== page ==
Secretary-General Guterres delivered a climate change ultimatum to a Berlin conference
The world has a choice between “collective action and collective suicide” and must act immediately to address climate change, UN Secretary-General Antonio Guterres said on Monday in a message to the Petersberg Climate Dialogue in Berlin, Germany.
“Greenhouse gas concentrations, sea level rise and ocean heat have broken new records. Half of humanity is in the danger zone from floods, droughts, extreme storms and wildfires. No nation is immune,” Guterres said in a video message.
“What troubles me most is that, in facing this global crisis, we are failing to work together as a multilateral community. Nations continue to play the blame game instead of taking responsibility for our collective future. We cannot continue this way,” the top UN official added. “Time is no longer on our side.”
This has to be the decade of decisive climate action. That means trust, multilateralism, and collaboration. We have a choice. Collective action or collective suicide.
Guterres insisted the countries of the world “must rebuild trust and come together” to create a “concrete global response” on climate, including providing financial aid to those affected the most by environmental events.
The meeting in Germany convened representatives from 40 countries to discuss progress on implementing climate agreements, reduce the use of fossil fuels, and promote the switch to “sustainable energy sources” in order to limit global warming to 1.5°C, as agreed at last year’s COP26 climate summit in Scotland.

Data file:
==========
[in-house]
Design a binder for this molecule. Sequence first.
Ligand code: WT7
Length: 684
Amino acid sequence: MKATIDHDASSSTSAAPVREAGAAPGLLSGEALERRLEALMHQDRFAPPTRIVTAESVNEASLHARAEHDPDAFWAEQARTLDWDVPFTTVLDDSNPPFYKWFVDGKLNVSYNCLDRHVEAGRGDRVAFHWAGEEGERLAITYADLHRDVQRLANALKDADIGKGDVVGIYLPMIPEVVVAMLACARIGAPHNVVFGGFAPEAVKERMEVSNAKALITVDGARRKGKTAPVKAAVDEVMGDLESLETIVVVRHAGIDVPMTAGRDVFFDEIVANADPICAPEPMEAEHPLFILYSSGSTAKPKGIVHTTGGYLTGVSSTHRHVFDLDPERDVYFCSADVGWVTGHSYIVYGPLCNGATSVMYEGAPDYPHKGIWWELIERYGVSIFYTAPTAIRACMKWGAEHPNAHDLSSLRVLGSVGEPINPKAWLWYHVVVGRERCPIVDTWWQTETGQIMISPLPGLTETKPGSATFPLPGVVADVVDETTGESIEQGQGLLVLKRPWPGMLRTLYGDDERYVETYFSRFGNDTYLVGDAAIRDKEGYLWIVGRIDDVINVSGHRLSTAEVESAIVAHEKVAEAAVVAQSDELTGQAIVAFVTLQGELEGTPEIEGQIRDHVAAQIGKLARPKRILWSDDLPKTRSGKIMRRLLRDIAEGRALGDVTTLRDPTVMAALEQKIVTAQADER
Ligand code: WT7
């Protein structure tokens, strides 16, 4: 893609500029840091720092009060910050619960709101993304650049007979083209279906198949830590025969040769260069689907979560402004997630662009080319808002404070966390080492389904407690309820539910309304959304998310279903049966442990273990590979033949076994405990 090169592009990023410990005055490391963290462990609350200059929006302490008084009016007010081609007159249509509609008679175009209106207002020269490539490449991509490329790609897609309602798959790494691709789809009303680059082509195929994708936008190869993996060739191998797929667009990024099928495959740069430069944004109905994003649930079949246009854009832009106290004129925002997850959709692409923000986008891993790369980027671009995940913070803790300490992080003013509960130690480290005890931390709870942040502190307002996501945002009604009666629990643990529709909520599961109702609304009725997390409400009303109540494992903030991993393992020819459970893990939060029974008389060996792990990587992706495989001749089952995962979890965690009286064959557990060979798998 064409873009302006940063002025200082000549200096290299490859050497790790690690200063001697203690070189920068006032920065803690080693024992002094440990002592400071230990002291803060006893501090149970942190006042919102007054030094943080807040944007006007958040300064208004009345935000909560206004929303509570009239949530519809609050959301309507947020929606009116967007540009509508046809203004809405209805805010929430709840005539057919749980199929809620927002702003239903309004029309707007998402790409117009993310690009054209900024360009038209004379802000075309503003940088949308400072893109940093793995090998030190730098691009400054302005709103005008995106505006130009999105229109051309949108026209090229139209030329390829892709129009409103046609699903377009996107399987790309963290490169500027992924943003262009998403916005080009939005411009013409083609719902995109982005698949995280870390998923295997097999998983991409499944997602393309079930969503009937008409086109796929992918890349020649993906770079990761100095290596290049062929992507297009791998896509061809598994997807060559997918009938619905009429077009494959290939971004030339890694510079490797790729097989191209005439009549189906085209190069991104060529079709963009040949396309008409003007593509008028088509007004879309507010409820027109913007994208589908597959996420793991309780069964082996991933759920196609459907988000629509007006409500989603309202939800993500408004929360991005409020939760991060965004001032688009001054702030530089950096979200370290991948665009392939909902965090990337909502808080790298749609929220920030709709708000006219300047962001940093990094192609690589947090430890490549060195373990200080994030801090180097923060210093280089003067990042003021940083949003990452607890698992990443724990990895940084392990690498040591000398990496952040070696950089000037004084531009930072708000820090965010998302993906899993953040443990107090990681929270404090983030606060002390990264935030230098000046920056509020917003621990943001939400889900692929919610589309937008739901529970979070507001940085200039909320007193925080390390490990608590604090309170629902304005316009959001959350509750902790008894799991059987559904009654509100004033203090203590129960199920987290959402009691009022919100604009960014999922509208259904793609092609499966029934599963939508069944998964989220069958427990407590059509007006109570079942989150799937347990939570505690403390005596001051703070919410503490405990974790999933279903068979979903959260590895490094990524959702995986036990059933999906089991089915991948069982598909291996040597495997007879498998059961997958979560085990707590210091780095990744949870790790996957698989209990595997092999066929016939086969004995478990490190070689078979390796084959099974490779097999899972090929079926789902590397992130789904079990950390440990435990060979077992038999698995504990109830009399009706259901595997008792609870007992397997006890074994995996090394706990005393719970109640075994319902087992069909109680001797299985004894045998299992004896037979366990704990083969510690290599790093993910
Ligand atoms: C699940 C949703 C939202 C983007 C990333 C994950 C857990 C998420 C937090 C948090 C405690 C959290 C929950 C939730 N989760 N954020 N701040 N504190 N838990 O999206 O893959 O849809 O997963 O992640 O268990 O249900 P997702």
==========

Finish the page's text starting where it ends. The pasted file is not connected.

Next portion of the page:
Those attending also engaged in preparations for the COP27 World Climate Conference, scheduled for November in the Egyptian resort of Sharm El-Sheikh.
Earlier this month, Guterres called for a “renewable energy revolution” and demanded a moratorium on coal power plants and any further oil and gas exploration worldwide. His comments come amid turmoil in several countries that have tried implementing reforms in the name of curbing global warming.
The government of Sri Lanka, which had banned industrial fertilizers, was ousted last week by crowds protesting food and fuel shortages. Farmers in the Netherlands protesting emissions caps have clashed with the police, while Ghana’s plan to switch to “green” energy has left the African country facing lengthy blackouts.
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